31 NFL teams will regret letting Justin Reid fall to the third round. Despite his pedigree (Eric Reids younger brother), great combine showing, and tape at Stanford, Reid tumbled to the defensive back needy Texans, who raced to the podium to nab an instant starter as their first pick. Instantly, this selection was viewed as a steal. That assumption became all too true when he was thrust into the starting role due to injuries in the Texans cornerback group (forced incumbent safety Kareem Jackson to play cornerback).
During the past three weeks, the Houston Texans have allowed for Deshaun Watson to be sacked a total of five times. In that same span, Watson has zero turnovers, eight touchdowns, 656 total yards, on a 66.17% completion rate. Those three games are arguably the most efficient of his career. Before, Watson had averaged 3.38 sacks and 1.38 turnovers per game, while his completion percentage remained the same at around 66 percent. Watson has gotten more acclimated to the NFL speed, but he can’t be credited for all of his improvements. Head coach Bill O’Brien and the offensive line has found ways to protect Watson.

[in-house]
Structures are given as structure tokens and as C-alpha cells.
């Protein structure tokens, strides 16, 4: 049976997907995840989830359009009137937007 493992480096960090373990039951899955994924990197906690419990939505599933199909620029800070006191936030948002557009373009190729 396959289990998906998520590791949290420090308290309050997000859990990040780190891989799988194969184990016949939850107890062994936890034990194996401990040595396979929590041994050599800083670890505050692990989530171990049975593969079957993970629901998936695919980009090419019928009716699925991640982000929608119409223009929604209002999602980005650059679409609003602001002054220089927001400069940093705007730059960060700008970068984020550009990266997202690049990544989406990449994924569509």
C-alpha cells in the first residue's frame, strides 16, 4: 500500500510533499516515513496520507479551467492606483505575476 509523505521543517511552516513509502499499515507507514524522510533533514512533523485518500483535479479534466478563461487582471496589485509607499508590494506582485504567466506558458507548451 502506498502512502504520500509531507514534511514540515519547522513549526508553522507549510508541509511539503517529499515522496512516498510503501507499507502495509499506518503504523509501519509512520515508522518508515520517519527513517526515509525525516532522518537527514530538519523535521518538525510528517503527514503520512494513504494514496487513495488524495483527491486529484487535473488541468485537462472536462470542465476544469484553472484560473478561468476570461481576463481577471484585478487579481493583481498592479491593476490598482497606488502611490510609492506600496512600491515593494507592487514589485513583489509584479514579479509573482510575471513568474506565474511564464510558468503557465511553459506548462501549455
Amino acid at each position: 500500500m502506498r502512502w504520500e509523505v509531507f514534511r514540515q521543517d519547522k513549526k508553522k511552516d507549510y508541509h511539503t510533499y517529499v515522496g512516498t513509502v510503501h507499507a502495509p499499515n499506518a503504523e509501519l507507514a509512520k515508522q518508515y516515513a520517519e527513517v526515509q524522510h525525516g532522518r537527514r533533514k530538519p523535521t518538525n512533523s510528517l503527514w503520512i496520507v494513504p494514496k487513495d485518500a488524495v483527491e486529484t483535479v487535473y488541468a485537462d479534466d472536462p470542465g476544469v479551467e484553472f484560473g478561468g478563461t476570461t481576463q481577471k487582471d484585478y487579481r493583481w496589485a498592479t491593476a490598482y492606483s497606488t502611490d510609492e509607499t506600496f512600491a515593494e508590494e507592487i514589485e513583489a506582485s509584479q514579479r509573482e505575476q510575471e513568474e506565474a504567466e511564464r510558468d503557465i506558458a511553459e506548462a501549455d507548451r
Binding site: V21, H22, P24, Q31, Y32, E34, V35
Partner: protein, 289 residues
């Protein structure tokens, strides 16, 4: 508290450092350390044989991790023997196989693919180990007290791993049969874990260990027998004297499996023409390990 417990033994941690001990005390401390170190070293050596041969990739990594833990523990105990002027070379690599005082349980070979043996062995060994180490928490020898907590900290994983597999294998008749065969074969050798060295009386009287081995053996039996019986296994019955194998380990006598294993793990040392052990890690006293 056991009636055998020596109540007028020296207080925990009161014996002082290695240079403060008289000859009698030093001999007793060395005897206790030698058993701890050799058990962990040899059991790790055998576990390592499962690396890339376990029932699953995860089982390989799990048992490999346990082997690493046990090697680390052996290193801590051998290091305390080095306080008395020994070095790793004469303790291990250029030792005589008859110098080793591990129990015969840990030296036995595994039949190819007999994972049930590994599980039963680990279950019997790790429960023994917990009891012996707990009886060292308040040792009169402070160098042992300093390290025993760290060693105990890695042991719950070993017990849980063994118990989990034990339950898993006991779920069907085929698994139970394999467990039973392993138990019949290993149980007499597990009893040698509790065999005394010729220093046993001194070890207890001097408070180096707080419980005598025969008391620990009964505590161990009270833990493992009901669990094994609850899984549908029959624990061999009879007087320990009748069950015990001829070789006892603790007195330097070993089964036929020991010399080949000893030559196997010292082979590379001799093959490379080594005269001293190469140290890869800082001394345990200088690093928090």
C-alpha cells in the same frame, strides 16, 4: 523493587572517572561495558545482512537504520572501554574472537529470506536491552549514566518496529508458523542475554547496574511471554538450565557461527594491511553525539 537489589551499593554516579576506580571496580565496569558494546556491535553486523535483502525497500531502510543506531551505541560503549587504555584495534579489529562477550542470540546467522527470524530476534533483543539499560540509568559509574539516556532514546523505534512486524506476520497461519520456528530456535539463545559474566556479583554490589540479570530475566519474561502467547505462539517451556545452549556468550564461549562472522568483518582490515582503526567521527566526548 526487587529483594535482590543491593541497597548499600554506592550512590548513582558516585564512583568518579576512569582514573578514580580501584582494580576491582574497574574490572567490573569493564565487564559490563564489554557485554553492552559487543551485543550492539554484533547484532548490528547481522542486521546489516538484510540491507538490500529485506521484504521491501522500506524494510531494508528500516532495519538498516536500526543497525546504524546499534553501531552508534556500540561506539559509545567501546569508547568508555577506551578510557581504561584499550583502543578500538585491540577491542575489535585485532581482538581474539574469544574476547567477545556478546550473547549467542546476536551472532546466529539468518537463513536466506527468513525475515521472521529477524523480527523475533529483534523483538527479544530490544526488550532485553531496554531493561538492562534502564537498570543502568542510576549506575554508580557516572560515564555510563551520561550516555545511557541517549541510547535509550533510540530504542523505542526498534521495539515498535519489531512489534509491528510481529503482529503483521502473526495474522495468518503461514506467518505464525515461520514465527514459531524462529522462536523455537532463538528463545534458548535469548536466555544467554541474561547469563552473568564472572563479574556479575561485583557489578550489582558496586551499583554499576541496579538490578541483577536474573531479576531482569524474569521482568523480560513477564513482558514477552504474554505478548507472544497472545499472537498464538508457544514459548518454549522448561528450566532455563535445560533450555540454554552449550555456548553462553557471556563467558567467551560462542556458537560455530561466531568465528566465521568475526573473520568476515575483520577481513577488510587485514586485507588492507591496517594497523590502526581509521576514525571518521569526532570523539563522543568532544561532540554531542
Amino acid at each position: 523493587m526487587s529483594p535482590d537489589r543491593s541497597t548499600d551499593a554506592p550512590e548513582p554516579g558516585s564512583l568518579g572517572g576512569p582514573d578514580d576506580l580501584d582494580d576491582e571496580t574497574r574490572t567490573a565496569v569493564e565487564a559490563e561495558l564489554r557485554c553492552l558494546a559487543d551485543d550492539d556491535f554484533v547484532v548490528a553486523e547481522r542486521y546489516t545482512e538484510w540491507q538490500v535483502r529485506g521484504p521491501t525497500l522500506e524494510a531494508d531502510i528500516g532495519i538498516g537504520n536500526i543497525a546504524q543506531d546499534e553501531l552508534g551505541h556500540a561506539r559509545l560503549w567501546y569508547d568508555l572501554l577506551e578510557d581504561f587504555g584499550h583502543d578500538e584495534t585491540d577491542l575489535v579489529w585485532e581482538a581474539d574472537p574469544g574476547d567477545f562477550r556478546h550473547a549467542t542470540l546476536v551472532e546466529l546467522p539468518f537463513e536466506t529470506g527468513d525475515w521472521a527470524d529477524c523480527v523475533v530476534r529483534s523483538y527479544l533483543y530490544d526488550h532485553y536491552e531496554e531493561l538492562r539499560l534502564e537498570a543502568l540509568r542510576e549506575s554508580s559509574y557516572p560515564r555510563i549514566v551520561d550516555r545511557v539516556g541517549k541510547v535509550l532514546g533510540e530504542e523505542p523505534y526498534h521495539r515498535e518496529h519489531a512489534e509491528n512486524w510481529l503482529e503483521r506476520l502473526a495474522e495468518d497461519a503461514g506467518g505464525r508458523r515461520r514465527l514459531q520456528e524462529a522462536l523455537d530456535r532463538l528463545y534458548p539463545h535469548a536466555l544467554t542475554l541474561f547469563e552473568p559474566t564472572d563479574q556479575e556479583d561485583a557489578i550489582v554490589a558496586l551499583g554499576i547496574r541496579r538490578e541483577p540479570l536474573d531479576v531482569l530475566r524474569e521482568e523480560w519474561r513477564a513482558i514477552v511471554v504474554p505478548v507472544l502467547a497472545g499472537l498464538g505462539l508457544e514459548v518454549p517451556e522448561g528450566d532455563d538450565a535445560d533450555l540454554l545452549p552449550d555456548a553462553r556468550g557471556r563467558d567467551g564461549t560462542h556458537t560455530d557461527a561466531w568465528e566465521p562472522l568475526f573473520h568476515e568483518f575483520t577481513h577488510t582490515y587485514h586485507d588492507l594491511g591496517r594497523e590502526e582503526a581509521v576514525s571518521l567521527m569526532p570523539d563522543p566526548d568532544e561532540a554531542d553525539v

One word to describe the Texans offensive line before their streak of newfound success would be putrid. Horrible, horrendous, terrible, non-existent, frightful, offensive, and awful would all also count. Switching rookie tackle Martinas Rankins for Kendall Lamm, while putting Julién Davenport at left tackle has been a big reason for their success. Kendall Lamm has done an excellent job at right tackle, handling Demarcus Lawrence, Calais Campbell, Cameron Wake, and Von Miller admirably. But that’s not the most significant adjustment; the use of screen passes, a rolling offensive line, extra protection, and play-action have helped masked the Texans line previous failures.